Not a star tsar.

anaknitting Anastasia1904a pigtzar

Today is Anastasia’s Birthday.  THE Anastasia.   The one born on June 5, 1901.

Not the Fox Studio’s Anastasia…. from the animated film.  Although, while we are on it.  There is the pretty-good-story-plot for the 1997 animated version.  It begins in he year is 1916. In St. Petersburg, Russia.  Anastasia’s dad is …. Tsar Nicholas II… and he is throwing a grand ball to celebrate the 300th anniversary of Romanov rule.

His mother is  Dowager Empress Marie Feodorovna.   And she  gives her favorite granddaughter…. that’s right… our little 8 year-old Grand Duchess named Anastasia….. a music box and a necklace reading “Together in Paris” which serves as its key.

But everything is  interrupted by the arrival of that dag-nabbin’ Grigori Rasputin.  He is the bad guy.  He is also an un-dead corpse…. who used to be a monk!  Rasputin was once trusted by the Russian Imperial Family.  But Nicholas thought he was a traitor and cast him out on his little hiney.

Hence… Raspy gets mad.

He starts his revenge… by summoning a curse that sparks the Russian Revolution.  But the movie has Anastasia being reunited with her grandmother ten years later.  And from all of that… she has the final showdown with Rasputin.   No spoiler alert here.  You will have to watch the end.

Of course there REAL princess was  Anastasia Nikolaevna (Velikaya Knyazhna Anastasiya Nikolayevna Romanova) and she was officially known as the Grand Duchess of Russia.

The film differs quite a bit from the actual circumstances of her life.  She was the youngest daughter of Tsar Nicholas II, the last sovereign of Imperial Russia. (Okay… they got those details pretty much right.)

And here is a spoiler alert.  She was executed with her family by the  Bolshevik secret police.  In 1918.     Rumors of her possible escape circulated after her death, but her possible survival has been conclusively disproved.  She was 17 years old when she met her demise at gunpoint…. after watching the executions of all her siblings and parents.

The family’s life story is pretty-snappy-fascinating. For example. The Tsar’s children were raised as simply as possible. They slept on hard camp cots without pillows.  Not at all like Russian Royalty.  They took cold baths in the morning and were expected to tidy their rooms.  They also had to do needlework to be sold at various charity events.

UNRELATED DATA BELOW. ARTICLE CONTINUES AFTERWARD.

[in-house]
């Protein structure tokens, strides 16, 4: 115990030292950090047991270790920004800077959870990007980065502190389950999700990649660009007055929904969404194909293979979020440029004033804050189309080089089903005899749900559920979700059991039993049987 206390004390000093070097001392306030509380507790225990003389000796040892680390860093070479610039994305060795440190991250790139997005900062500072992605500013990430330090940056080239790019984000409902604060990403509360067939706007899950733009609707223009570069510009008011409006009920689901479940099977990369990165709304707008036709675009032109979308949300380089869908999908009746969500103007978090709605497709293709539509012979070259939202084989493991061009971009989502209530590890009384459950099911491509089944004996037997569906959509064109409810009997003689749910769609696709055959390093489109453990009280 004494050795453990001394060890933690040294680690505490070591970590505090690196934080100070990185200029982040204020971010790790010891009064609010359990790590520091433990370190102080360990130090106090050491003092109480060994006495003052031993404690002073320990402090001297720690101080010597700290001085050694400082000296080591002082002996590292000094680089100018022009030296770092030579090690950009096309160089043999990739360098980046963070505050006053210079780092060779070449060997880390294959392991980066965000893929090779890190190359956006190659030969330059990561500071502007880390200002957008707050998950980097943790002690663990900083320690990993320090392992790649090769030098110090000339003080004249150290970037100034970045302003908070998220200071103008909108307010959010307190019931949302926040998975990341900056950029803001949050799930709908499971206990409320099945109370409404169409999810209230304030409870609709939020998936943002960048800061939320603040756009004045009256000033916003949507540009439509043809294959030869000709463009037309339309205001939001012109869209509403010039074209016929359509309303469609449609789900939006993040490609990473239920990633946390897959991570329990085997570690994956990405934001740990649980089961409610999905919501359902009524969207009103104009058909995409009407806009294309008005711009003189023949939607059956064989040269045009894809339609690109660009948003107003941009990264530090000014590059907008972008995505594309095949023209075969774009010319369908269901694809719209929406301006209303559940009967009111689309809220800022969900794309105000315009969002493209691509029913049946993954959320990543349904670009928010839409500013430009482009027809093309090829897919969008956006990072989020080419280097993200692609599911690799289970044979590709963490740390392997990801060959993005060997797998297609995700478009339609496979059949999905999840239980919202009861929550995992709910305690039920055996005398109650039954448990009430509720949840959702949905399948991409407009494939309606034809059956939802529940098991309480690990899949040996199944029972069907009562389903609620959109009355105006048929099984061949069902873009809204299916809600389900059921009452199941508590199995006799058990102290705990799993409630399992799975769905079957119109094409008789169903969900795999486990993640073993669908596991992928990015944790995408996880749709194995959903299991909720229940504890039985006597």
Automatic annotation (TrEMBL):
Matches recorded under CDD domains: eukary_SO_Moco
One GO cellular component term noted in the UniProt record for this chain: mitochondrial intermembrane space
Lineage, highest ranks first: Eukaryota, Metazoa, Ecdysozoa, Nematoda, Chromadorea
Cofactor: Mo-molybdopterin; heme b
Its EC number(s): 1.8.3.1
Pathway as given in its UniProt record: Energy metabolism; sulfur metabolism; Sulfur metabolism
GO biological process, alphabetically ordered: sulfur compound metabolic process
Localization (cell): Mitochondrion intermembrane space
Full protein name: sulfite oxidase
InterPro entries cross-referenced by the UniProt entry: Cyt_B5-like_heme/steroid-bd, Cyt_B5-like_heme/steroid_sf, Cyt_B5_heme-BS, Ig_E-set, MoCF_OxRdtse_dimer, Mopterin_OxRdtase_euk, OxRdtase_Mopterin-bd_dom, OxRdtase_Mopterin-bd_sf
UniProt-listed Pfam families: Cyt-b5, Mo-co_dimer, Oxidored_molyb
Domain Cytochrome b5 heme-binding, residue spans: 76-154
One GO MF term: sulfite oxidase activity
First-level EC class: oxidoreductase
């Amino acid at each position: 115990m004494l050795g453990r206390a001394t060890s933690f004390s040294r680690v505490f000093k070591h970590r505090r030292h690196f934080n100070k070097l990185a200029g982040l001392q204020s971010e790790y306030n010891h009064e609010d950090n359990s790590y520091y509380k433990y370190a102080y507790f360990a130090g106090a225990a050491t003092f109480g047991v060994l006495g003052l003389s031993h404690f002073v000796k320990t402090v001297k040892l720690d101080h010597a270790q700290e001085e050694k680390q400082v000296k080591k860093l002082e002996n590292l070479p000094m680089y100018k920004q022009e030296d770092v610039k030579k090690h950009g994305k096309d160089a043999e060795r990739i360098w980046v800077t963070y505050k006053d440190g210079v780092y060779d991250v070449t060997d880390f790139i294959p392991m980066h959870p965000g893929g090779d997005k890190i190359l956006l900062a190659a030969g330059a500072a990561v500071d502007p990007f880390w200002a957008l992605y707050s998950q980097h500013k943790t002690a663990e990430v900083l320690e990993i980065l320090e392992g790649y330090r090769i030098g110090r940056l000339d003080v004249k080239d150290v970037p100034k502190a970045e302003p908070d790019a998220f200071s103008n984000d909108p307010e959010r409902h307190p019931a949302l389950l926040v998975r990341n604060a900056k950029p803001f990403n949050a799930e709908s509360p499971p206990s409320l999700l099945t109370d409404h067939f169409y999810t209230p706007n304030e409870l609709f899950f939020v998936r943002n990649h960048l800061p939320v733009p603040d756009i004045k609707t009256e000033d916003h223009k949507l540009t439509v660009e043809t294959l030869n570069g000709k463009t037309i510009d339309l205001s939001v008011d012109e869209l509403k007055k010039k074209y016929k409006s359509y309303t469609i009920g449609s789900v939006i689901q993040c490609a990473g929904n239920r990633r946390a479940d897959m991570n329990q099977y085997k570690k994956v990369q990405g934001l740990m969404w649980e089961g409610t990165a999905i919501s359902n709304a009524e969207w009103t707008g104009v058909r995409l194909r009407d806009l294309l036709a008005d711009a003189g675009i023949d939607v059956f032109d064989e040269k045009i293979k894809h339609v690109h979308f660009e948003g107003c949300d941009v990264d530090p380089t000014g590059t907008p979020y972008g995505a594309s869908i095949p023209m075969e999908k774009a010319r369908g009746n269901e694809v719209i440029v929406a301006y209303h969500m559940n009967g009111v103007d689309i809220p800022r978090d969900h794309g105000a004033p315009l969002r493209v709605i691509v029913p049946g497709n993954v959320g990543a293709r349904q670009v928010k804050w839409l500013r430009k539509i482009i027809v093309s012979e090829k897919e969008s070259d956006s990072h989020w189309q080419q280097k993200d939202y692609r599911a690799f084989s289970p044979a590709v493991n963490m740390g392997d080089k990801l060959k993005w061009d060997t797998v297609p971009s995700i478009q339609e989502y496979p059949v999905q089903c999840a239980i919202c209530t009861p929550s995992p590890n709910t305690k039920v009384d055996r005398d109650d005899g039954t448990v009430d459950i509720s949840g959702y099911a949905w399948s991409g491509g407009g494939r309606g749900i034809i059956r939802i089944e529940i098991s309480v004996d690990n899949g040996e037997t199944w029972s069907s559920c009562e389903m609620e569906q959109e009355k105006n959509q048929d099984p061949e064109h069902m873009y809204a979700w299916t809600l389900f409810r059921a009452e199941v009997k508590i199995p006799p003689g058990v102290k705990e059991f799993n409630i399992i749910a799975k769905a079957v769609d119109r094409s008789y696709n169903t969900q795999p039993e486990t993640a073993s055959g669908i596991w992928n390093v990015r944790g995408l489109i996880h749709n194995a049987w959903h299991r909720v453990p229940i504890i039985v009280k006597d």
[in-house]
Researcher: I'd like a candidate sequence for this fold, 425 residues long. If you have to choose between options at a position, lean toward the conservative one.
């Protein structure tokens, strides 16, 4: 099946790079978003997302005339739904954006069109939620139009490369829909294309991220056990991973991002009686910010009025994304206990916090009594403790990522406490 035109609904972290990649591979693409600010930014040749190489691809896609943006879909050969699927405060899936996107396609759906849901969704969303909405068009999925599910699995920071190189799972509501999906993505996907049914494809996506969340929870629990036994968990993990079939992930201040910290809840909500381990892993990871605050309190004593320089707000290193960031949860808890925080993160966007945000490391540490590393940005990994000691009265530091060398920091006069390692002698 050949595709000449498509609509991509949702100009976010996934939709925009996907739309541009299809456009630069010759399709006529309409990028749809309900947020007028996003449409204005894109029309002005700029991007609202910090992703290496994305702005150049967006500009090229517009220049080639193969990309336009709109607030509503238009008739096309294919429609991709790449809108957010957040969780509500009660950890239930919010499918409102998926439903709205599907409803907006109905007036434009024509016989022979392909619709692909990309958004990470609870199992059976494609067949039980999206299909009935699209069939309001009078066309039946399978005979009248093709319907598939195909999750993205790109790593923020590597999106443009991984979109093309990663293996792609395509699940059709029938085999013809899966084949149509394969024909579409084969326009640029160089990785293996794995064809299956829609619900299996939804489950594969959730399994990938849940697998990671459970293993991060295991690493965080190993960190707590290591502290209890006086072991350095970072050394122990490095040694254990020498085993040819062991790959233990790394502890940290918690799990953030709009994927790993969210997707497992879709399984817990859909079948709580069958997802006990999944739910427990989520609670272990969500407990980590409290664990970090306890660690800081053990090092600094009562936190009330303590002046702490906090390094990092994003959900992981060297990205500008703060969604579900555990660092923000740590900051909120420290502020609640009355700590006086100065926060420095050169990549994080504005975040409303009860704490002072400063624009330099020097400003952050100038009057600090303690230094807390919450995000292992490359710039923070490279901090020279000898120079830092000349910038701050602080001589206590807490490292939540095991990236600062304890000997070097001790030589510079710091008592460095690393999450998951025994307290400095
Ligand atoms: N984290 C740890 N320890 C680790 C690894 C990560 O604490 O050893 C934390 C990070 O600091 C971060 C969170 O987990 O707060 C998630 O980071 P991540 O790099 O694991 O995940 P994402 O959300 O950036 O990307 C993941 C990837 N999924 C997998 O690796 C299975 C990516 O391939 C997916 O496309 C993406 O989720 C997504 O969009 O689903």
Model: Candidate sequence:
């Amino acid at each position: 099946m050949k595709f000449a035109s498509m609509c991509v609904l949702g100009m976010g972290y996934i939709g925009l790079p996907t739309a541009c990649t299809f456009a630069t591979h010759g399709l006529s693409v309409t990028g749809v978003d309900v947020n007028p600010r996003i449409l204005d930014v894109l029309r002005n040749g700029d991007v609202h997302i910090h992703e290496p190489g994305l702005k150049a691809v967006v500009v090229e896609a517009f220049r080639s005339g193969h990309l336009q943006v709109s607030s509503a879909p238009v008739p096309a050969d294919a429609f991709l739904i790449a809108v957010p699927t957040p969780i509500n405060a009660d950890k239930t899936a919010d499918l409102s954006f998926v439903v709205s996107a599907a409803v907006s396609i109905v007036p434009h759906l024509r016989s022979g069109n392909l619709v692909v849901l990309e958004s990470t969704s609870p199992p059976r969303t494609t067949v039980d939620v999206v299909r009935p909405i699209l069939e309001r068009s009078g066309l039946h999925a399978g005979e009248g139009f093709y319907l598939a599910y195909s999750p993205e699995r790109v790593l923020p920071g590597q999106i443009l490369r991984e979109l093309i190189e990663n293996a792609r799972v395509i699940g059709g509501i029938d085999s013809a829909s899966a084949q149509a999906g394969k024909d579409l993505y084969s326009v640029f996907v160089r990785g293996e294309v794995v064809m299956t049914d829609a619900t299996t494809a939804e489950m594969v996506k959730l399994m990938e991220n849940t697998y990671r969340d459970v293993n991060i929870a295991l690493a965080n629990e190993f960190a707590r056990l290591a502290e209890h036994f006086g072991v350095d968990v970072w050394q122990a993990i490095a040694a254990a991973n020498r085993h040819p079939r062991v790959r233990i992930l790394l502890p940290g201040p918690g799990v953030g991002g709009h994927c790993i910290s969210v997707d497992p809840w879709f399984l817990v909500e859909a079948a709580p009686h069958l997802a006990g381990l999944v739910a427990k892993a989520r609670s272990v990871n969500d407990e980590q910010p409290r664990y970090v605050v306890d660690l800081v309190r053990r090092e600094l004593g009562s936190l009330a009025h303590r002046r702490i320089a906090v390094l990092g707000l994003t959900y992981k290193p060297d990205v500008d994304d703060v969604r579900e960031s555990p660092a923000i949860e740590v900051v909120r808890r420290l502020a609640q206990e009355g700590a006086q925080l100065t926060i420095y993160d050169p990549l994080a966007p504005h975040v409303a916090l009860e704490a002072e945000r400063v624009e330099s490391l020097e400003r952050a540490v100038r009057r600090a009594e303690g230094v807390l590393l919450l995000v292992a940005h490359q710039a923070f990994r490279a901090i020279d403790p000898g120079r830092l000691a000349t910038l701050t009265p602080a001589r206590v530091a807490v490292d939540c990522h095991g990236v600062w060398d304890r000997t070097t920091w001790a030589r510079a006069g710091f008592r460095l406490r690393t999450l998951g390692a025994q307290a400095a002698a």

And. Rasputin was a real character in their lives.   Anastasia’s mother relied on the counsel of Rasputin.  He really was a Russian peasant and wandering  “holy man.”   But the mother credited his prayers with saving the ailing Anastasia on numerous occasions.  (She was a sickly child, apparently.)

Anastasia and her siblings were taught to view Rasputin as “Our Friend” and to share confidences with him. As it turns out, there were later accusations that he had molested the children.

But most of that is unrelated to the reasoning behind their execution.  It happened as a result of  the Bolshevik revolution in October 1917.   Russia quickly disintegrated into civil war.   War. War. War.  We want things THIS way… and they want things THAT way.

The Bolsheviks, known as the Reds… wanted things THAT way.  As such…. they held the family in captivity.  There were “negotiations” for the release of the Romanovs.  To no avail.  On the night of July 17, 1918, the family was put in one room and told to wait.  After several minutes,  a bunch of Red guards entered the room, led by their commander… a guy named… Yurovsky.

Yurovsky quickly informed the Tsar and his family that they were to be executed. The Tsar had time to say only “What?” and turn to his family before he was killed by several bullets to the chest.  The rest of the family was killed in order.

Such a tragedy.  Such a thing.  I stood at the front door of their palace a couple of years ago, and also walked around Rasputin’s cottage, which was a stone’s throw from the main palace.

This story has always had a great impact on me for some reason, and on the day that I stood there, I really got the wobbles.

Such huge tragedies and travesties, have resulted in our world.  All because of politics and religion.

I  can only hope we never have to see any wars in the remainder of our life times.     But it takes a careful, careful balance of knowledge, and understanding of potential outcomes.  I can only hope, and pray, that our future leaders will be capable of doing this.

And to Anastasia.  Happy Birthday.  I hope your life will remind someone, somewhere of what this all could mean. For everyone.

I suppose what makes me most glad is that we all recognize each other in this metaphysical space of silence and happening, and get some sense, for a moment, that we are full of paradise without knowing it.
—  Thomas Merton

At the entrance of a second person, hypocrisy begins.
—  Ralph Waldo Emerson

Isn’t it surprising how many things, if not said immediately, seem not worth saying ten minutes from now?
—  Arnot L. Sheppard